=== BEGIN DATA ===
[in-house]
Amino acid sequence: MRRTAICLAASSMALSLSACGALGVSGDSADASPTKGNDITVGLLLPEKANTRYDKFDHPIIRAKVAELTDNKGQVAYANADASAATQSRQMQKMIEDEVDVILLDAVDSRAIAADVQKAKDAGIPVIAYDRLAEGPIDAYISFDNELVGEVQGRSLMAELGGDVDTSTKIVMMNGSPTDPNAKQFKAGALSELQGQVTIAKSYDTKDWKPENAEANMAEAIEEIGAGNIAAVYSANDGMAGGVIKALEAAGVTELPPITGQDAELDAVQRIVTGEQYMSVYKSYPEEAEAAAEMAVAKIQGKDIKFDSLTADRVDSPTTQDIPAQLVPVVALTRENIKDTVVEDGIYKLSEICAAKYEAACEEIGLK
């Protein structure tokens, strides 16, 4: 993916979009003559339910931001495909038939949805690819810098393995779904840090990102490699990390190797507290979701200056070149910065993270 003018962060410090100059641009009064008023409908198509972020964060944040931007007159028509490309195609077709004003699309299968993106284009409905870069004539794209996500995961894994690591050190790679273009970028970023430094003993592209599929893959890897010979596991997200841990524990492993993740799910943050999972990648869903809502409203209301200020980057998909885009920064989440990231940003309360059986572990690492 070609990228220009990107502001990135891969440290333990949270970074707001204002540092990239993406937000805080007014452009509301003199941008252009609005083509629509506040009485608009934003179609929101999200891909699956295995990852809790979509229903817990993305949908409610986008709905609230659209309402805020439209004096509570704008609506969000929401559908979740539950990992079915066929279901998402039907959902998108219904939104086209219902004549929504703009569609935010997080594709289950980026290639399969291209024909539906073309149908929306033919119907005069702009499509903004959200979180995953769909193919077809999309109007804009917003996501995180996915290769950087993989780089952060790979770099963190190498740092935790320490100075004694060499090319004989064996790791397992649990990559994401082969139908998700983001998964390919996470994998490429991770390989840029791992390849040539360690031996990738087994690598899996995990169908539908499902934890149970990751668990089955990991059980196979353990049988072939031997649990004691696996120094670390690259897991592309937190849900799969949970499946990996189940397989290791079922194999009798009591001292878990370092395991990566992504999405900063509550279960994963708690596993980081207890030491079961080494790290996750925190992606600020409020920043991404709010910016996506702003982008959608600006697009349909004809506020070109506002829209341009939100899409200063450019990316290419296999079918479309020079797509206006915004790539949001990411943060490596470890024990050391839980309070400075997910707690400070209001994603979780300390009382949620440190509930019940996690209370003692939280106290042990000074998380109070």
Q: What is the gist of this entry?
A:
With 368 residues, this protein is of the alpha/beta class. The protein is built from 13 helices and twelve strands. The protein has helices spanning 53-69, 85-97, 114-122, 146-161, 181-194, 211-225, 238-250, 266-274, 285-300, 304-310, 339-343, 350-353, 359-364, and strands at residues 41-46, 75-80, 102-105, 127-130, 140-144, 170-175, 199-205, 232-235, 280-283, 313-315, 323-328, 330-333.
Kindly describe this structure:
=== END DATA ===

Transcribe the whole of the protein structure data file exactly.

[in-house]
Amino acid sequence: MRRTAICLAASSMALSLSACGALGVSGDSADASPTKGNDITVGLLLPEKANTRYDKFDHPIIRAKVAELTDNKGQVAYANADASAATQSRQMQKMIEDEVDVILLDAVDSRAIAADVQKAKDAGIPVIAYDRLAEGPIDAYISFDNELVGEVQGRSLMAELGGDVDTSTKIVMMNGSPTDPNAKQFKAGALSELQGQVTIAKSYDTKDWKPENAEANMAEAIEEIGAGNIAAVYSANDGMAGGVIKALEAAGVTELPPITGQDAELDAVQRIVTGEQYMSVYKSYPEEAEAAAEMAVAKIQGKDIKFDSLTADRVDSPTTQDIPAQLVPVVALTRENIKDTVVEDGIYKLSEICAAKYEAACEEIGLK
């Protein structure tokens, strides 16, 4: 993916979009003559339910931001495909038939949805690819810098393995779904840090990102490699990390190797507290979701200056070149910065993270 003018962060410090100059641009009064008023409908198509972020964060944040931007007159028509490309195609077709004003699309299968993106284009409905870069004539794209996500995961894994690591050190790679273009970028970023430094003993592209599929893959890897010979596991997200841990524990492993993740799910943050999972990648869903809502409203209301200020980057998909885009920064989440990231940003309360059986572990690492 070609990228220009990107502001990135891969440290333990949270970074707001204002540092990239993406937000805080007014452009509301003199941008252009609005083509629509506040009485608009934003179609929101999200891909699956295995990852809790979509229903817990993305949908409610986008709905609230659209309402805020439209004096509570704008609506969000929401559908979740539950990992079915066929279901998402039907959902998108219904939104086209219902004549929504703009569609935010997080594709289950980026290639399969291209024909539906073309149908929306033919119907005069702009499509903004959200979180995953769909193919077809999309109007804009917003996501995180996915290769950087993989780089952060790979770099963190190498740092935790320490100075004694060499090319004989064996790791397992649990990559994401082969139908998700983001998964390919996470994998490429991770390989840029791992390849040539360690031996990738087994690598899996995990169908539908499902934890149970990751668990089955990991059980196979353990049988072939031997649990004691696996120094670390690259897991592309937190849900799969949970499946990996189940397989290791079922194999009798009591001292878990370092395991990566992504999405900063509550279960994963708690596993980081207890030491079961080494790290996750925190992606600020409020920043991404709010910016996506702003982008959608600006697009349909004809506020070109506002829209341009939100899409200063450019990316290419296999079918479309020079797509206006915004790539949001990411943060490596470890024990050391839980309070400075997910707690400070209001994603979780300390009382949620440190509930019940996690209370003692939280106290042990000074998380109070």
Q: What is the gist of this entry?
A:
With 368 residues, this protein is of the alpha/beta class. The protein is built from 13 helices and twelve strands. The protein has helices spanning 53-69, 85-97, 114-122, 146-161, 181-194, 211-225, 238-250, 266-274, 285-300, 304-310, 339-343, 350-353, 359-364, and strands at residues 41-46, 75-80, 102-105, 127-130, 140-144, 170-175, 199-205, 232-235, 280-283, 313-315, 323-328, 330-333.
Kindly describe this structure: